Acute cocaine effects in paradoxical sleep deprived male rats

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Andersen, Monica Levy [UNIFESP]
Perry, Juliana Cini [UNIFESP]
Tufik, Sergio [UNIFESP]
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Cocaine is a psychomotor drug known to cause behavioural alterations. This study was conducted to characterize behavioural response to acute cocaine injection (7 mg/kg, ip) in paradoxical sleep deprived (PSD) male rats since sleep deprivation is also associated with several behavioural alterations. Cocaine or vehicle was administered to rats at the end of a 4-day period of sleep deprivation, and in home-cage control animals. Cocaine administration in control and PSD rats induced a significant increase in stereotyped behaviour in relation to saline-injected rats. PSD induced significant but heterogeneous effects in animals by increasing grooming while it had effect neither on stereotyped behaviours, locomotion nor on anxiety-like behaviours but significantly decreased rearing behaviour. PSD potentiates the action of cocaine on stereotyped behaviours suggesting supersensitivity of dopaminergic receptors. Thus, the present study indicated that the behavioural effects of cocaine could be modified by PSD. This in turn may have relevant implications in the cocaine effect in abusers under sleep deprived condition. (C) 2004 Elsevier Inc. All rights reserved.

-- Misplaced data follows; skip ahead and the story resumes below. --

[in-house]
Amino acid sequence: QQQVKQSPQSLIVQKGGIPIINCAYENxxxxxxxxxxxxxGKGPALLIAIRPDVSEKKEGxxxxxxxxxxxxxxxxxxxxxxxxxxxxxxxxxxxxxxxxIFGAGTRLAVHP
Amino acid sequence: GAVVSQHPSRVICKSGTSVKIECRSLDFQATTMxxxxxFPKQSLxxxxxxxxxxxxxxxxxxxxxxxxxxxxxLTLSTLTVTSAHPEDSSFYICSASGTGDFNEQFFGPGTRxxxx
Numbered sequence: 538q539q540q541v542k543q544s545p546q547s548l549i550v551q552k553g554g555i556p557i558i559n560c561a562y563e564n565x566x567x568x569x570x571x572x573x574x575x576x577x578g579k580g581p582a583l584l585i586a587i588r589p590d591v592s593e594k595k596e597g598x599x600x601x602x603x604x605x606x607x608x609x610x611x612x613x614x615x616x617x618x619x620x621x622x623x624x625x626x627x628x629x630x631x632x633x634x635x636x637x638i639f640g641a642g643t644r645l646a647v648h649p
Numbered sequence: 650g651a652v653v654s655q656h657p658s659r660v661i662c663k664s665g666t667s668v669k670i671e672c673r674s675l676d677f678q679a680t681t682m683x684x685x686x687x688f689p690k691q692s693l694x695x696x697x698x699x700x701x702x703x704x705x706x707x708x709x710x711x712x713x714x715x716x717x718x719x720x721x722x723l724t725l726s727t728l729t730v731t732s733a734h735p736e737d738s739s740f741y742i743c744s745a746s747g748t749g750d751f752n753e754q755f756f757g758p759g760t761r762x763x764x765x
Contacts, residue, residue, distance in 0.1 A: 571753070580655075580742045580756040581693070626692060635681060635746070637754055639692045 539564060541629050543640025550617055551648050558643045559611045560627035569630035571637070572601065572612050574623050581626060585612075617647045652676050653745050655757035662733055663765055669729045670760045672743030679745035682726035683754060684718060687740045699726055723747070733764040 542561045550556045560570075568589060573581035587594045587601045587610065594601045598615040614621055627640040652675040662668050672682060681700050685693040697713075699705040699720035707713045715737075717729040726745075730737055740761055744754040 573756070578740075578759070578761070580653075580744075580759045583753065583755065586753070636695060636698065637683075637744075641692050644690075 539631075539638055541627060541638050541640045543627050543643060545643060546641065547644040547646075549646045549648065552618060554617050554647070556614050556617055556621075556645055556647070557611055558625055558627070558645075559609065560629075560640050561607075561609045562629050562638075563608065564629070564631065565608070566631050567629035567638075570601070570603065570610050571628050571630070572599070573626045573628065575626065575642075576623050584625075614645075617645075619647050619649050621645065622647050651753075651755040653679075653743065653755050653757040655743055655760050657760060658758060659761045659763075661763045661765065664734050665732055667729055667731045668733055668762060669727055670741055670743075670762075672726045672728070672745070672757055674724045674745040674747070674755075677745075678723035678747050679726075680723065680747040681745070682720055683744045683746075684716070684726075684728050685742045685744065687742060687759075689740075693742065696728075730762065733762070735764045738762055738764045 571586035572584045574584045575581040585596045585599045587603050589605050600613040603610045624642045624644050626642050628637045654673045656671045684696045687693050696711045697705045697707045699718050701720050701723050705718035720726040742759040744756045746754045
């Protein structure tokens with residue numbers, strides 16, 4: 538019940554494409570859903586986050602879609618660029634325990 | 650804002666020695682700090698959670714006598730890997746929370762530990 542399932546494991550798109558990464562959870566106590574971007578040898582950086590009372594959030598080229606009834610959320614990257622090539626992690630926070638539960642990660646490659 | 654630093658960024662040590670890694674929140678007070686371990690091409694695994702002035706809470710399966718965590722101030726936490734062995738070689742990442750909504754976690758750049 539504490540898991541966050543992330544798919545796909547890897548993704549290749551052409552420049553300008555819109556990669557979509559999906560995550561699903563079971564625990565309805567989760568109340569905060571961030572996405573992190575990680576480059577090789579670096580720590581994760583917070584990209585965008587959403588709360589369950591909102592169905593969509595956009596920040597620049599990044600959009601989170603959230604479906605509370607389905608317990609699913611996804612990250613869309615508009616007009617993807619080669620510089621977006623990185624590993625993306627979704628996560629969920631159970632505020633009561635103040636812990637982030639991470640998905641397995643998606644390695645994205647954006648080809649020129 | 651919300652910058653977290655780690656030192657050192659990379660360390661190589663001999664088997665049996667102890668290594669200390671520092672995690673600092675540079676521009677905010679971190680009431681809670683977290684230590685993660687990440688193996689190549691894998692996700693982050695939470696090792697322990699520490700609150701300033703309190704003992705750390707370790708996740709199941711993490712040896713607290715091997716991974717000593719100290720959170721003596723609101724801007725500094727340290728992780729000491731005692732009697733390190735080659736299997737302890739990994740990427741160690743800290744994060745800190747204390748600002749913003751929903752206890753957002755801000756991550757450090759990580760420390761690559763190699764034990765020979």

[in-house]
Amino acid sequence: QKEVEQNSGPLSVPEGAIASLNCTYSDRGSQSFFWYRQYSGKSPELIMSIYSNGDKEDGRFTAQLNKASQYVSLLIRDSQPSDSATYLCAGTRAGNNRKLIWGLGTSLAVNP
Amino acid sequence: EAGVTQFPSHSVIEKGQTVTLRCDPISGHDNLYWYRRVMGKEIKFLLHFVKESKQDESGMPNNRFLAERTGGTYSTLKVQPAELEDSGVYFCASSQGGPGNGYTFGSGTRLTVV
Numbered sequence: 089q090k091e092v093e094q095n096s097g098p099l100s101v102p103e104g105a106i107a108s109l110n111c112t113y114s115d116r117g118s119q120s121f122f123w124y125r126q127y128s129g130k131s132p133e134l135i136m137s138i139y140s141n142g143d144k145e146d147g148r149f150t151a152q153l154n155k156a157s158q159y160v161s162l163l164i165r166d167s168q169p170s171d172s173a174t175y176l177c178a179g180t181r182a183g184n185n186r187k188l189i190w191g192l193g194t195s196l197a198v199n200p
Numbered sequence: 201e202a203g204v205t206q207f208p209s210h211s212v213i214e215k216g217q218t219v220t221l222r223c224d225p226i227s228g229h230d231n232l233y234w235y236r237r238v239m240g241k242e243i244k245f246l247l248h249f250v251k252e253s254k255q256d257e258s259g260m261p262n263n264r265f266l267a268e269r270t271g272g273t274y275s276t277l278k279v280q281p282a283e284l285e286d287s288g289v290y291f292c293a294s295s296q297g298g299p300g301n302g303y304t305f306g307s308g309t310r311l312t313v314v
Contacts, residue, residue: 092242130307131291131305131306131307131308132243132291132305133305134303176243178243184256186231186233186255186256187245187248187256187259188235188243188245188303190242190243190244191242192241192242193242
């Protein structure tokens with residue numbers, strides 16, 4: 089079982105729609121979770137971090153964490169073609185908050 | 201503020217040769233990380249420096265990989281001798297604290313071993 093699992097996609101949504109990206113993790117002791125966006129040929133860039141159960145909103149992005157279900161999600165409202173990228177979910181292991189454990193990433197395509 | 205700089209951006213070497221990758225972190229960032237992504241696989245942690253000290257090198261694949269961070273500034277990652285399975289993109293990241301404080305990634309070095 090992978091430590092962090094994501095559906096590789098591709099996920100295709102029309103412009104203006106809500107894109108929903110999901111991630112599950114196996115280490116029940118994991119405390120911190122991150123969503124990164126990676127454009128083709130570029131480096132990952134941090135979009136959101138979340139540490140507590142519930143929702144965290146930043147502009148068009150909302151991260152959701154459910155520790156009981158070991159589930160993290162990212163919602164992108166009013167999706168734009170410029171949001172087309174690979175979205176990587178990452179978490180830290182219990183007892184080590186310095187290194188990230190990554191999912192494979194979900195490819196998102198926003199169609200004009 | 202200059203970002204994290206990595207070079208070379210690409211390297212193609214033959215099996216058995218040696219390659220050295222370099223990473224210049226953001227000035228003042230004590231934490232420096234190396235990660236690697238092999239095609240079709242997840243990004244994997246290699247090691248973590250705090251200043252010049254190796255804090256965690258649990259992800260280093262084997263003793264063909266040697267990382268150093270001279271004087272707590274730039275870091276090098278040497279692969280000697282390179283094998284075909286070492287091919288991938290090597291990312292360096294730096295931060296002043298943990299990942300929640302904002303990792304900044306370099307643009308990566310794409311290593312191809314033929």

Progress in Neuro-psychopharmacology & Biological Psychiatry. Oxford: Pergamon-Elsevier B.V., v. 29, n. 2, p. 245-251, 2005.